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CSO (Chief Security Officer)

A Chief Security Officer (CSO) is the employee responsible for the physical security of a company, including its communication and business systems. The job of a CSO is to protect people, assets, infrastructure and technology. An asset can be a digital asset, such as software or intellectual property, or it can be a financial instrument, such as a trading document or currency. An asset can also be a physical asset such as a building, a shipping container or an electronic device.

The CSO provides the executive leadership necessary for identifying, assessing and prioritizing risk and directing all efforts concerned with safety and security. A primary responsibility of every CSO is to understand which assets need protecting and how to protect them. Because the CSO is involved in both the business and technical aspects of security, he or she is likely to be involved in planning for and managing disaster recovery.

Depending on the size of a company and how security is integrated into company culture, a CSO may report to the Chief Information Officer or the Chief Technology Officer (CTO), the Chief Risk Officer (CRO) or the Chief Executive officer (CEO). A CSO may also work with Human Resource Management (HRM) departments to train employees on security awareness and work with the Chief Procurement Officer (CPO) to research more effective security products.

In a large enterprise organization, the CSO may work closely with the Chief Information Security Officer (CISO), the senior-level executive responsible for developing and implementing an information security program, which includes procedures and policies designed to protect enterprise communications, systems and assets from both internal and external threats. In a smaller organization, the CSO's job responsibilities may overlap with those of a CISO. If the company does not have a designated CISO or CSO, security responsibilities may be carried out by the CTO or CIO. Such responsibilities often include:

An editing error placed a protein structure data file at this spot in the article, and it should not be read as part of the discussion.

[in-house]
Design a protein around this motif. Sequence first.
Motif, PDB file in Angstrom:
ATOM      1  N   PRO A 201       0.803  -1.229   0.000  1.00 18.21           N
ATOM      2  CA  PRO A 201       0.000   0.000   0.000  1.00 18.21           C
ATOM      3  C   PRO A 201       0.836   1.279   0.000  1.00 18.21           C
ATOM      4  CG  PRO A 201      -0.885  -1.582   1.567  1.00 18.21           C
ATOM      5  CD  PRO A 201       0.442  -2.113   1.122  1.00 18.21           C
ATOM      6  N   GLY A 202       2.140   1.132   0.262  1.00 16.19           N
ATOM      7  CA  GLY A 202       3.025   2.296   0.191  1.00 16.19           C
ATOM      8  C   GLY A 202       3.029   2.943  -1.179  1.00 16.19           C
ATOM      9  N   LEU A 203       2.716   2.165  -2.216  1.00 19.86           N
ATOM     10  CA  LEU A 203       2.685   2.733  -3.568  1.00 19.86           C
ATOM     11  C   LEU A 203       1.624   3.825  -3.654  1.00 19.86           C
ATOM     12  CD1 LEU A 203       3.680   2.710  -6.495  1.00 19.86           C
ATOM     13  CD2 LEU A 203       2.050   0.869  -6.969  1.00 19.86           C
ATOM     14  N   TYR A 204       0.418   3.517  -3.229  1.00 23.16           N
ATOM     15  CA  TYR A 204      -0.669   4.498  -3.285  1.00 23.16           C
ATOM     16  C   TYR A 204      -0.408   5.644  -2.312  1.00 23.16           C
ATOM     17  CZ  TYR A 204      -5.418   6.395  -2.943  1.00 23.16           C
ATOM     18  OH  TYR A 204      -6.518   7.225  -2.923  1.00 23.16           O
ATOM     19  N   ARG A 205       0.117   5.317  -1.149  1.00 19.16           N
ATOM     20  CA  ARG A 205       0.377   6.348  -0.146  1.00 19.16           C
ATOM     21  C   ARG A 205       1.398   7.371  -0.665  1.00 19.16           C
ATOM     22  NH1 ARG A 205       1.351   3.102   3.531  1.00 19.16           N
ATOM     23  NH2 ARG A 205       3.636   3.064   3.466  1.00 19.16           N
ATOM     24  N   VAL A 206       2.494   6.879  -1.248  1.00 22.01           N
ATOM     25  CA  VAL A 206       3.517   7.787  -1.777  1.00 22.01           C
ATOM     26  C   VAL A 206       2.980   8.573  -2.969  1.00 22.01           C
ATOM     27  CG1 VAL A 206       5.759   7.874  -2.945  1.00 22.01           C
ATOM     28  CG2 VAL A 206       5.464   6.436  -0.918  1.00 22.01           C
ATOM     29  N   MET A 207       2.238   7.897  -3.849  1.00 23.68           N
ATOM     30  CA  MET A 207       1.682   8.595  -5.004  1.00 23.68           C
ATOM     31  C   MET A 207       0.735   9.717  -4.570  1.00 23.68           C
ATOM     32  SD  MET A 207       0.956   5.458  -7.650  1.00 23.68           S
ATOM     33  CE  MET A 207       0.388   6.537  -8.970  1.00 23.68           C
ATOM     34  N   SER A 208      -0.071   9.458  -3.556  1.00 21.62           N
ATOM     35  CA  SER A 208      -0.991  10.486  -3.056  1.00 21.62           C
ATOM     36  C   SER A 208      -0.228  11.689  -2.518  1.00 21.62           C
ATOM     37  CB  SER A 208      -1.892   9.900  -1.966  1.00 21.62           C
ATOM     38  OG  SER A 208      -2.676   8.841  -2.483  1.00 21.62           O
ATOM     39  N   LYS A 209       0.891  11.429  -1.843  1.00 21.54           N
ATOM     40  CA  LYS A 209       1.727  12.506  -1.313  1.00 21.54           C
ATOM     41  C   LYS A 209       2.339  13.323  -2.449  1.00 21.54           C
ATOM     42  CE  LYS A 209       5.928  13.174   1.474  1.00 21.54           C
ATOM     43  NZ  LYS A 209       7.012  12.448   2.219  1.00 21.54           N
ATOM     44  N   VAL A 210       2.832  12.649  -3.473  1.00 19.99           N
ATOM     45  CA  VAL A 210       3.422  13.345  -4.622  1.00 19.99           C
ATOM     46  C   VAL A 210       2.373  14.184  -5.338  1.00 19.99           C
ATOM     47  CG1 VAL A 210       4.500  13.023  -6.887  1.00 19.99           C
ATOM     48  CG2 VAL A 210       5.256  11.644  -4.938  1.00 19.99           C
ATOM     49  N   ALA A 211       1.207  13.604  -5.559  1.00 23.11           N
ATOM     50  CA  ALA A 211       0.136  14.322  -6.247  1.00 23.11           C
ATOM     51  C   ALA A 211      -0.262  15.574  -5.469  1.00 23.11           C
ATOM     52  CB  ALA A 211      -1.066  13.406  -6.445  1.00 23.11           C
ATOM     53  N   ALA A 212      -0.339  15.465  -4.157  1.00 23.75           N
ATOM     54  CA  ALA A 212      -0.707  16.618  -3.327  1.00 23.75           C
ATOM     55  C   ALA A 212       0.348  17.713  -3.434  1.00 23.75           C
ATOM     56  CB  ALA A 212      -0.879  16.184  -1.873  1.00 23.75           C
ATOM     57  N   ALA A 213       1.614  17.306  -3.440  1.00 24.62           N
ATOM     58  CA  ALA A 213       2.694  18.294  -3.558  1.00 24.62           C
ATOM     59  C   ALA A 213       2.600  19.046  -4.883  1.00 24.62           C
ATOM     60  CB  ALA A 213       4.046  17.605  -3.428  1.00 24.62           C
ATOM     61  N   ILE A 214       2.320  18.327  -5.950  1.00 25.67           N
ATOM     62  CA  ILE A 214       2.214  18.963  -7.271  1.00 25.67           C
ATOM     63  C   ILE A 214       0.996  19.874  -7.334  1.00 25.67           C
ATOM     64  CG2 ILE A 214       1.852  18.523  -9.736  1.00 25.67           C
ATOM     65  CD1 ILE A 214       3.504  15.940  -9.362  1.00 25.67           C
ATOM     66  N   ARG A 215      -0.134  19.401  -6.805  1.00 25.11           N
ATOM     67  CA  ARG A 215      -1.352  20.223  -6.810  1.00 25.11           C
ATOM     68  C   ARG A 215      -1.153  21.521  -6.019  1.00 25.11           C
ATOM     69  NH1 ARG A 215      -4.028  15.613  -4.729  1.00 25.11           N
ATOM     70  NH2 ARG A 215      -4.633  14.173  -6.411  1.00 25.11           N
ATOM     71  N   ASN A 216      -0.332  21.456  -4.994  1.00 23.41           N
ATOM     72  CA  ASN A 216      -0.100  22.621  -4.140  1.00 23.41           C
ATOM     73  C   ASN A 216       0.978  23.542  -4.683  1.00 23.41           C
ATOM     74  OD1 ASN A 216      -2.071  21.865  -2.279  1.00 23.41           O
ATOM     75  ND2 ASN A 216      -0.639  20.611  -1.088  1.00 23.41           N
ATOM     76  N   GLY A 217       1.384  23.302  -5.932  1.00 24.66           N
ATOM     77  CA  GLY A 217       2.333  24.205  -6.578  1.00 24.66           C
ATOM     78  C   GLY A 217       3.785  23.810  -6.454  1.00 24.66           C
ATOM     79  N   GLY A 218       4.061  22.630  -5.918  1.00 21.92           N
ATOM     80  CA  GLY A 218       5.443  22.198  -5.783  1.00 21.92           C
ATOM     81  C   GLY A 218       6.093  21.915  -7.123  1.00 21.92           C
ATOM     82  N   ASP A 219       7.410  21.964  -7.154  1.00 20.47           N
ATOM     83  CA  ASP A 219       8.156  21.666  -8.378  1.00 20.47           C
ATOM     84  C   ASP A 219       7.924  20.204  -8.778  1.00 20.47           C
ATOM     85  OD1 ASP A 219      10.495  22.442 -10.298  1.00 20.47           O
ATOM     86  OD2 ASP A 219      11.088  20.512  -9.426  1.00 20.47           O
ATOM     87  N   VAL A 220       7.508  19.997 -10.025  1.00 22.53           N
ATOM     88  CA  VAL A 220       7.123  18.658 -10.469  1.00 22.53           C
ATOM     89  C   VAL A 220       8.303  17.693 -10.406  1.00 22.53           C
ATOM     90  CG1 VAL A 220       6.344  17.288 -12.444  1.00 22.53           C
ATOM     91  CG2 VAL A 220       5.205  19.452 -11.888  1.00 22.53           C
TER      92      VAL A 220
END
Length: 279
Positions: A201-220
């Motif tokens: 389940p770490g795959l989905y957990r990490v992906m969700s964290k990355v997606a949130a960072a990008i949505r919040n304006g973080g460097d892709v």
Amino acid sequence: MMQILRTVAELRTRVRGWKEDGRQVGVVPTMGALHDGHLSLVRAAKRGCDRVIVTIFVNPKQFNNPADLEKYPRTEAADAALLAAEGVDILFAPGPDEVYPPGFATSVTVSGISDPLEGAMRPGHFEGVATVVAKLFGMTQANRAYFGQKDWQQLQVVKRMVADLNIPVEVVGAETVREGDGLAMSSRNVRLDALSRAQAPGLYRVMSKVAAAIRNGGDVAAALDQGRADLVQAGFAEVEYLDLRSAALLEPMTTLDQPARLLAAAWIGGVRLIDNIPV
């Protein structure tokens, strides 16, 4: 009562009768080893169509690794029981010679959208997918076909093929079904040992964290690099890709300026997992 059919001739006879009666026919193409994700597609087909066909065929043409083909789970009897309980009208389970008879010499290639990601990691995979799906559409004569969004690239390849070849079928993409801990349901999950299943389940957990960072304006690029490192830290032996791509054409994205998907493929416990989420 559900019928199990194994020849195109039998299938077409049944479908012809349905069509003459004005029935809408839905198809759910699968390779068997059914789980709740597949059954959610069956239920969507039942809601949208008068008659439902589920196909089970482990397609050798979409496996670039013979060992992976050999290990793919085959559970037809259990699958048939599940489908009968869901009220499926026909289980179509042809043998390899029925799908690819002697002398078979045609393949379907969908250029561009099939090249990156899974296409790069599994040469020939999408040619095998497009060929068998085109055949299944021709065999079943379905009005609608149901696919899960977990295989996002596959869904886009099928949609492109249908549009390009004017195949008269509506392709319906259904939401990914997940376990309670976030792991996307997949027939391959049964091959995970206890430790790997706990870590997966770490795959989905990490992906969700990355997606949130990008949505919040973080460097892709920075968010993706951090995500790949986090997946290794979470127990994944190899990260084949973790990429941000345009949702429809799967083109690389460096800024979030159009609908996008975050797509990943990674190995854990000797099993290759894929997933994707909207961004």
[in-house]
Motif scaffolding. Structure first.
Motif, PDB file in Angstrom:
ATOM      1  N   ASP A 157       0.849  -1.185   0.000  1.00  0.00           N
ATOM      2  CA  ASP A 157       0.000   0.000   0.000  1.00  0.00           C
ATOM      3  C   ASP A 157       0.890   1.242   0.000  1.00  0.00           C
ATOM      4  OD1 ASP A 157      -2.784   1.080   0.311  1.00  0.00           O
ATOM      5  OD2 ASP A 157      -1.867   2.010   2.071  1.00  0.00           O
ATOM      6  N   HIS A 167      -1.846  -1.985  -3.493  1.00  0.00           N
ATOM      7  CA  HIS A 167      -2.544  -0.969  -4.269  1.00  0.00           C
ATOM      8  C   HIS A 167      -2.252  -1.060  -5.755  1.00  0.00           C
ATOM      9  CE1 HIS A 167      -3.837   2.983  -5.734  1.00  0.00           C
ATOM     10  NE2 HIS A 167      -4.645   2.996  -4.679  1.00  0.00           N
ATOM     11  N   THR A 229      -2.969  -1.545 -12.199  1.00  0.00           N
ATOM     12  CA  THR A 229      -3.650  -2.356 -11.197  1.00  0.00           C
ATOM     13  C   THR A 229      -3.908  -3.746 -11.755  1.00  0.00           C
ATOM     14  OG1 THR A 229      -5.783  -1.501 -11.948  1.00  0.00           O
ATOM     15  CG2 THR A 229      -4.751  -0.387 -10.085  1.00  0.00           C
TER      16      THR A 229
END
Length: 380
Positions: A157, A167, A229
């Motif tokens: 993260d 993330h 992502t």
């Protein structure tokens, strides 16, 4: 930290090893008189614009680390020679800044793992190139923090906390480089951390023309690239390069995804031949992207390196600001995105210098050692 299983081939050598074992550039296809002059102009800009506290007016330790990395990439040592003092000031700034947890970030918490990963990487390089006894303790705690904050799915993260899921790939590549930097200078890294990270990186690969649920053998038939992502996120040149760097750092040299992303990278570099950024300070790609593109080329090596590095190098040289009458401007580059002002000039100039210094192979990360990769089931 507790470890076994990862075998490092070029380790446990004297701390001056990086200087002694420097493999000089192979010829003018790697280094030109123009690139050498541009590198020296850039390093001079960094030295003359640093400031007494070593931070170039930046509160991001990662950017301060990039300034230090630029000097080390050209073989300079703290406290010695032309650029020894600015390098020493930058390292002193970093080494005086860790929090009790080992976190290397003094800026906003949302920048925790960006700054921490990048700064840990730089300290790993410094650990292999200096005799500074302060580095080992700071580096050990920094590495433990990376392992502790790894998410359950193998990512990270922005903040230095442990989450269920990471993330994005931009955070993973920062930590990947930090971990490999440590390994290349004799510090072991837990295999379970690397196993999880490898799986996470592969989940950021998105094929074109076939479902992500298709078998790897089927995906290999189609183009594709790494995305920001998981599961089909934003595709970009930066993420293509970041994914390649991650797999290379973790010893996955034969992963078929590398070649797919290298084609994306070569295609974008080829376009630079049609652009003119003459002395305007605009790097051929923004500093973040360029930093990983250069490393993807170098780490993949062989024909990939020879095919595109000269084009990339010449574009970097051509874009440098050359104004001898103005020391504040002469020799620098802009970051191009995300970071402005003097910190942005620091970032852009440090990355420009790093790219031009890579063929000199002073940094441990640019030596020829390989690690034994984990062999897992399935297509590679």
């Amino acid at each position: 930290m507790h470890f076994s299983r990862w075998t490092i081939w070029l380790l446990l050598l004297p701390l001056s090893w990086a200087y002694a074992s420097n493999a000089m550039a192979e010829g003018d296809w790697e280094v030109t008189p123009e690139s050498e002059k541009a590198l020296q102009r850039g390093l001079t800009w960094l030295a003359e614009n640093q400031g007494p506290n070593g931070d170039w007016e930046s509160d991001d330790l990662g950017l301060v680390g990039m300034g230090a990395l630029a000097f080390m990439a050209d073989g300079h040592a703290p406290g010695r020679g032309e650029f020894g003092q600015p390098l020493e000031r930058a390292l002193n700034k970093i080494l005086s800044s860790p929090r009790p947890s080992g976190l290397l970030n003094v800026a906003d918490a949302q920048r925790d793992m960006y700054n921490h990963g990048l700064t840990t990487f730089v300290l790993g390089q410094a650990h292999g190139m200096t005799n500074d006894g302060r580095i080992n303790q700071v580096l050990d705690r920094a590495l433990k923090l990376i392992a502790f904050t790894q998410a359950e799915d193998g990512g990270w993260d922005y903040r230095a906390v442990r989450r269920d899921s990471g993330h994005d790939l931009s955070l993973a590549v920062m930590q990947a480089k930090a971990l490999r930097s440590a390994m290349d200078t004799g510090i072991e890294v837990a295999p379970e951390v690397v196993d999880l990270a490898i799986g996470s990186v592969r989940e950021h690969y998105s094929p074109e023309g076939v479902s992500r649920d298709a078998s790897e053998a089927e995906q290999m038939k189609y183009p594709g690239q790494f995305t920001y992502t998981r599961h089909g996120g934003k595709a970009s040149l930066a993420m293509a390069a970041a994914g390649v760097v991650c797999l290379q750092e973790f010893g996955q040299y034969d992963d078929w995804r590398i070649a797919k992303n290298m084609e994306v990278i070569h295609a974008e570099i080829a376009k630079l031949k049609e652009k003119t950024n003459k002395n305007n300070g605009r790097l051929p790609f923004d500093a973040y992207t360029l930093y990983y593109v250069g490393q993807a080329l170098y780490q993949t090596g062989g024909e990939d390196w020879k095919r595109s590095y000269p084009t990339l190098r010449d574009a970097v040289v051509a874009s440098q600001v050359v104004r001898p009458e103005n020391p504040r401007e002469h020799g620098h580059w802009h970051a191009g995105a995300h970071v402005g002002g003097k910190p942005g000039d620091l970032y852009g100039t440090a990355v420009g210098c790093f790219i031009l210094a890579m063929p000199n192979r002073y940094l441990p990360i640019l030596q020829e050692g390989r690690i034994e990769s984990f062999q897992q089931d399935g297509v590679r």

• Establishing and implementing standards and procedures to prevent the unauthorized use, modification or destruction of physical and digital assets.
  • Overseeing technologies used in physical asset security, including IP cameras used in video surveillance, mobile and desktop point of sale terminals and biometric authentication.
  • Creating and implementing a communication plan to alert stakeholders when security events occur.
  • Creating and implementing an incident response plan.
  • Ensuring that documentation demonstrates the level of response and containment effectiveness required for compliance to internal and regulatory policy.
This was last updated in April 2017

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